# Special theory of relativity

(Redirected from Special Relativity)

Special Relativity (SRT) is a generalization of classical mechanics. In contrast to General Relativity, Special Relativity deals with processes observed in so called inertial frames (frames of observation without the influence of acceleration or gravity). It is based on two main observations from different experiments.

1. The speed of light is constant for all (inertial) observers, regardless of their velocities relative to each other.
2. The laws of physics are identical in all inertial reference frames. Albert Michelson and Edward Morley performed the famous experiment that clinched the experimental case for Special Relativity.
It is not difficult to demonstrate that it is impossible to reconcile these conditions with a Newtonian mechanics, in which the coordinates are formed in a three-dimensional space. In SRT, each object moving in its own inertial frame has its own time, which constitutes a fourth coordinate describing its state.

The three most prominent SRT effects are time dilation, length contraction and the equivalence of mass and energy.

## Mathematics

The central equations of special relativity are the Lorentz transformations:    These are the transformations from one coordinate system to another system, , moving past this one at speed u, and with and axes colinear.

The Lorentz factor, occurs frequently all over special relativity and is , where:
• is the difference in speed between the frames of reference
• is the speed of light

### Classical mechanics

When , the speed of the object in question, is low relative to , approaches , causing the Einstein-Lorentz relativity equations to be equivalent to Newton's equations. This is why classical mechanics, governed by Isaac Newton's laws of motion, works for particles at low mass and low speed. However, at higher velocities, diverges, causing relativity to be essential.

Electromagnetism, including for light and gamma radiation, where the quanta (photons) travel at light speed have no rest mass, is always relativistic.

### Universal speed limit

At the other extreme, when approaches , approaches . Since infinite means an object would have infinite kinetic energy, no object with mass can ever travel at the speed of light. Relativity does not however forbid particles from traveling faster then , rather that it is impossible to cross the speed of light barrier. Some theorists have postulated hypothetical tachyons, which would always travel faster than the speed of light. No evidence has been found for them.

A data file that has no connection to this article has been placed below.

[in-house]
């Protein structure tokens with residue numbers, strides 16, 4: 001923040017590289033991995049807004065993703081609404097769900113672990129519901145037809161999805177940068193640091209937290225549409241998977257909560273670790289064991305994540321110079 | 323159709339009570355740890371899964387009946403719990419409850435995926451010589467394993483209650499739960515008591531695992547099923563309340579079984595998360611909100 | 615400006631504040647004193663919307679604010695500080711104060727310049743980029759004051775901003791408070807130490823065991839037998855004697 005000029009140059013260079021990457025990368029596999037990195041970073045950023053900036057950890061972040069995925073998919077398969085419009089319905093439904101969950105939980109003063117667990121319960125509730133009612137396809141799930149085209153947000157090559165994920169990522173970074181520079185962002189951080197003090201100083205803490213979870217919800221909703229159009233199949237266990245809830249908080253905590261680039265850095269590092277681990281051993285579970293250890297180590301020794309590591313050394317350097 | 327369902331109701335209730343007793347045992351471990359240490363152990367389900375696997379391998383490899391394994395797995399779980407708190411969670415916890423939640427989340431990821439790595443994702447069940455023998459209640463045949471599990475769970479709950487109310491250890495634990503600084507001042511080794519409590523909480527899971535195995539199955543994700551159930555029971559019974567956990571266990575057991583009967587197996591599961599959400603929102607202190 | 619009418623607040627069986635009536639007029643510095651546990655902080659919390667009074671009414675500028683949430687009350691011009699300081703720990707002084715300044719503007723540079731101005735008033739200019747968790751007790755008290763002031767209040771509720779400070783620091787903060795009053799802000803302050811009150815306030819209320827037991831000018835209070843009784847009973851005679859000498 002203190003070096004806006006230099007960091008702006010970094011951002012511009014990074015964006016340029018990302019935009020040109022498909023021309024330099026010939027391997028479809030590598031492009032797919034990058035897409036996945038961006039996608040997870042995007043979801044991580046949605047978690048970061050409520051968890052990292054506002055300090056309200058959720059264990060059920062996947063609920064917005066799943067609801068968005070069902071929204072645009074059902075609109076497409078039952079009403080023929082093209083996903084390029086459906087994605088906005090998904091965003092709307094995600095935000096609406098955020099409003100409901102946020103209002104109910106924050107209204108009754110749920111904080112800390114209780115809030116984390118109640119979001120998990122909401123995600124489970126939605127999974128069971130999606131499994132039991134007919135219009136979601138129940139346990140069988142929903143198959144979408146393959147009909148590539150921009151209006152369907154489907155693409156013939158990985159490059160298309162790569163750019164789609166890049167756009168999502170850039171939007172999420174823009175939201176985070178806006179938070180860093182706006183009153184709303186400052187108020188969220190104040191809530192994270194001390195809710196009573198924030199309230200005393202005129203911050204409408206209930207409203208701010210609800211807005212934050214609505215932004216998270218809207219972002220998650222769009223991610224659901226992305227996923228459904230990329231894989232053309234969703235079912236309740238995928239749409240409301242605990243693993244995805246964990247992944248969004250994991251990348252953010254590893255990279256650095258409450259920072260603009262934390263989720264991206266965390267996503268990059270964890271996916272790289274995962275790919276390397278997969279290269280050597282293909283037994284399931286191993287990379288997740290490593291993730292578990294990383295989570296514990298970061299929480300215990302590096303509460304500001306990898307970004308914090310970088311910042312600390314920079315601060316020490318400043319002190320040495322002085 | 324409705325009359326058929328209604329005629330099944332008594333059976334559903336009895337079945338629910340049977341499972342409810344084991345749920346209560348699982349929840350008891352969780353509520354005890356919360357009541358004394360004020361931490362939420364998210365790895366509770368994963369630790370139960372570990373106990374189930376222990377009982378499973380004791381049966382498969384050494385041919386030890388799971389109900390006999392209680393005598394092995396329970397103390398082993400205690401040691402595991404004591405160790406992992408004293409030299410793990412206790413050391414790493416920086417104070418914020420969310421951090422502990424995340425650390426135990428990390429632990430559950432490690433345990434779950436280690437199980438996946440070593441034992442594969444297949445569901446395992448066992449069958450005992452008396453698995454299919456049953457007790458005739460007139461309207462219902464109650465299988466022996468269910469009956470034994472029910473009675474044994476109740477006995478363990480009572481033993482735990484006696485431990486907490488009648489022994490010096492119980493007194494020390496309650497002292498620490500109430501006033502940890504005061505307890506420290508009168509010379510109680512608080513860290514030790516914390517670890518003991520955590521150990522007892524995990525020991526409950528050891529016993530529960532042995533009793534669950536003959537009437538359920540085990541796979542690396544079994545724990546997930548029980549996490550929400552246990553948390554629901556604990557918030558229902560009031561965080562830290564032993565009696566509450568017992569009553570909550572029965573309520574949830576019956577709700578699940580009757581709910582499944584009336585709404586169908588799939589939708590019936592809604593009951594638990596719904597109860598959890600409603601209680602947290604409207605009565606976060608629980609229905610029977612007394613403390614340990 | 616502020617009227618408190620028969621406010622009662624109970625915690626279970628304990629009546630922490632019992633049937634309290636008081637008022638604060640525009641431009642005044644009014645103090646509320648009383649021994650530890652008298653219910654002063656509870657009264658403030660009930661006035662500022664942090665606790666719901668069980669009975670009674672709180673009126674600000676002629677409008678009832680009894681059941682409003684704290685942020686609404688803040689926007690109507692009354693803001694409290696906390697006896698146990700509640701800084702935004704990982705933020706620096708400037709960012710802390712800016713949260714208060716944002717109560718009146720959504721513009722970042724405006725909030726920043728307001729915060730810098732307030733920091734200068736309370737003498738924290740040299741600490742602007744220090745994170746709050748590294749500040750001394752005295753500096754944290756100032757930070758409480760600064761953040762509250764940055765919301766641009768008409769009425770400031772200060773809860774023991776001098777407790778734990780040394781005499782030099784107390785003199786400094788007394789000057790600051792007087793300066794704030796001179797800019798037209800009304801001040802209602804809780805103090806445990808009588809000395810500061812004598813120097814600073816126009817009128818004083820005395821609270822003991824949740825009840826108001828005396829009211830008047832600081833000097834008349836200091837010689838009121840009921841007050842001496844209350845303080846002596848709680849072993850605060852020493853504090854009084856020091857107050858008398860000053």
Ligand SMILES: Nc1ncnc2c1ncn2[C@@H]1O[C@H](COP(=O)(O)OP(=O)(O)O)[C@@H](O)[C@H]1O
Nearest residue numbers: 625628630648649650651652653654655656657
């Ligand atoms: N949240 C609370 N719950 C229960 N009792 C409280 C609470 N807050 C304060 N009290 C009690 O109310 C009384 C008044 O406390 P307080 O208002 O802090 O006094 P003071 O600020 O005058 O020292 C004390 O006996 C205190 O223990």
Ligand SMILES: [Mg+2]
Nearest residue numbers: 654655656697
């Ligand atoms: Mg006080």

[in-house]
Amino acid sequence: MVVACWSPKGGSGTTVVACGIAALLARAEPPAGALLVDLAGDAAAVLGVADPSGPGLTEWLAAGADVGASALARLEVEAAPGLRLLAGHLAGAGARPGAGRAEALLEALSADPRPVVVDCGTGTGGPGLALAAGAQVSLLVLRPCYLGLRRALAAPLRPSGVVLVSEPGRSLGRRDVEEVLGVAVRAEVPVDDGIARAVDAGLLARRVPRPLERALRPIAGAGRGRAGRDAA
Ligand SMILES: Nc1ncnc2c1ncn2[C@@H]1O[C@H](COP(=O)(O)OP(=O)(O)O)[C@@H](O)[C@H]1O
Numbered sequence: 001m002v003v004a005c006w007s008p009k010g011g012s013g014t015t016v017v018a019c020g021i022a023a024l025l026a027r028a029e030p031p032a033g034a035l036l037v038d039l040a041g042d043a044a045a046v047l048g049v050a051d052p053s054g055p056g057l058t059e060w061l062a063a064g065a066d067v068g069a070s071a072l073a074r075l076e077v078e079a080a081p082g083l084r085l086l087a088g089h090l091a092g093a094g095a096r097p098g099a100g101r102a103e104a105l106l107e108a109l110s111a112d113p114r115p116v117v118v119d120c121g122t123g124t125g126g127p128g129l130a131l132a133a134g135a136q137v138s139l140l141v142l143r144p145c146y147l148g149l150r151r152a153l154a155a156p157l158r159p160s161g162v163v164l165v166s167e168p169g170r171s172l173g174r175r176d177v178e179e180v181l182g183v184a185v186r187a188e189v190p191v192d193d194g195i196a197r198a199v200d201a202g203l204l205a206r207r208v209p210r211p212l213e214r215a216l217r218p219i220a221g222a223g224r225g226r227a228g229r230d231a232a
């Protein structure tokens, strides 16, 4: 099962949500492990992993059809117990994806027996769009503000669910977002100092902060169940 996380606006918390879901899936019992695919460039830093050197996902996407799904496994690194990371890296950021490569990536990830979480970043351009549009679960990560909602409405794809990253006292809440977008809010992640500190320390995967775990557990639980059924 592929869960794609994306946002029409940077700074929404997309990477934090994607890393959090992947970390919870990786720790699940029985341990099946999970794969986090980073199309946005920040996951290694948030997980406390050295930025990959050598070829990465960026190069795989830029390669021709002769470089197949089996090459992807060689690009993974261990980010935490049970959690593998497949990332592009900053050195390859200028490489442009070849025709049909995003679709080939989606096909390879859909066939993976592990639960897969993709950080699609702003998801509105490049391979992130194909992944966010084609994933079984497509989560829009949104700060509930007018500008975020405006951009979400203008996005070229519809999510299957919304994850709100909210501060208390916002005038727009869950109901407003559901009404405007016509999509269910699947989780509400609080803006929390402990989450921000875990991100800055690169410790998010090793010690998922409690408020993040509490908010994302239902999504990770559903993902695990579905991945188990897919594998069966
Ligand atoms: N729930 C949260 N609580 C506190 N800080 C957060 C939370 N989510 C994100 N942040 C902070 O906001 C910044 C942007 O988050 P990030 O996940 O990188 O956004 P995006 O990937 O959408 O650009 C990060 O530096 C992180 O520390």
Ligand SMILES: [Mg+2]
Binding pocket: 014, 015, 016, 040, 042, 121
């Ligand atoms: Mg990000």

## Experimental Proofs

1. Michelson-Moreley experiment
2. GPS clocks - there are two effects here and both are time dilation. The first is due to special relativity caused by the fact the satellite is in an inertial frame of reference moving past the ground. The other is due to general relativity since the craft is further out than someone on the ground of the earth's gravitational well. The overall effect is for clocks on the satellite to run faster by approximately 38 ms per day.
3. Lifetimes of fast traveling particles such as muons produced by cosmic rays (see muon)

## History

In the beginning of the last century the two assumption mentioned before where found experimentally in the form of the Maxwell equations, which describe electromagnetic waves. The general idea at that point was that any wave is carried by some medium, called the luminiferous aether. However, as the earth is moving through space, there should be a difference in the interferometrically determined light wavelength, when measured at noon, at evening and at night at the same geographic location. However the Michelson-Morley experiment did reject the aether hypothesis. With this rejection it became an inevitable fact that equations describing physics, which where fitting to a three dimensional space with a single timeframe for all observers exist. The mathematical framework and physical significance was developed by Henri Poincaré and Hendrik Lorentz. Albert Einstein gave an alternate derivation in terms of postulates. Many other scientists contributed modifications of this theory. In particular, the Irish Physicist Fitzgerald proposed that the failure of the Michelson Morley experiment was as a result of a length contraction effect. This idea was taken up by Hendrik Lorentz and shown by others to be a useful mechanism by which theory could be forced into conformance with experimental results. However, in 2005, Michael Strauss a computer engineer invalidated much of Special Relativity theory by showing clear contradictions in the theory. Special Relativity

## Spin as a relativistic effect

The relativistic extension of Quantum Mechanics, described by the Dirac Equation allows, due to the symmetry of the equation in 4-space, an additional quantum number to exist, called spin. electron spin was known from chemistry before relativity arose.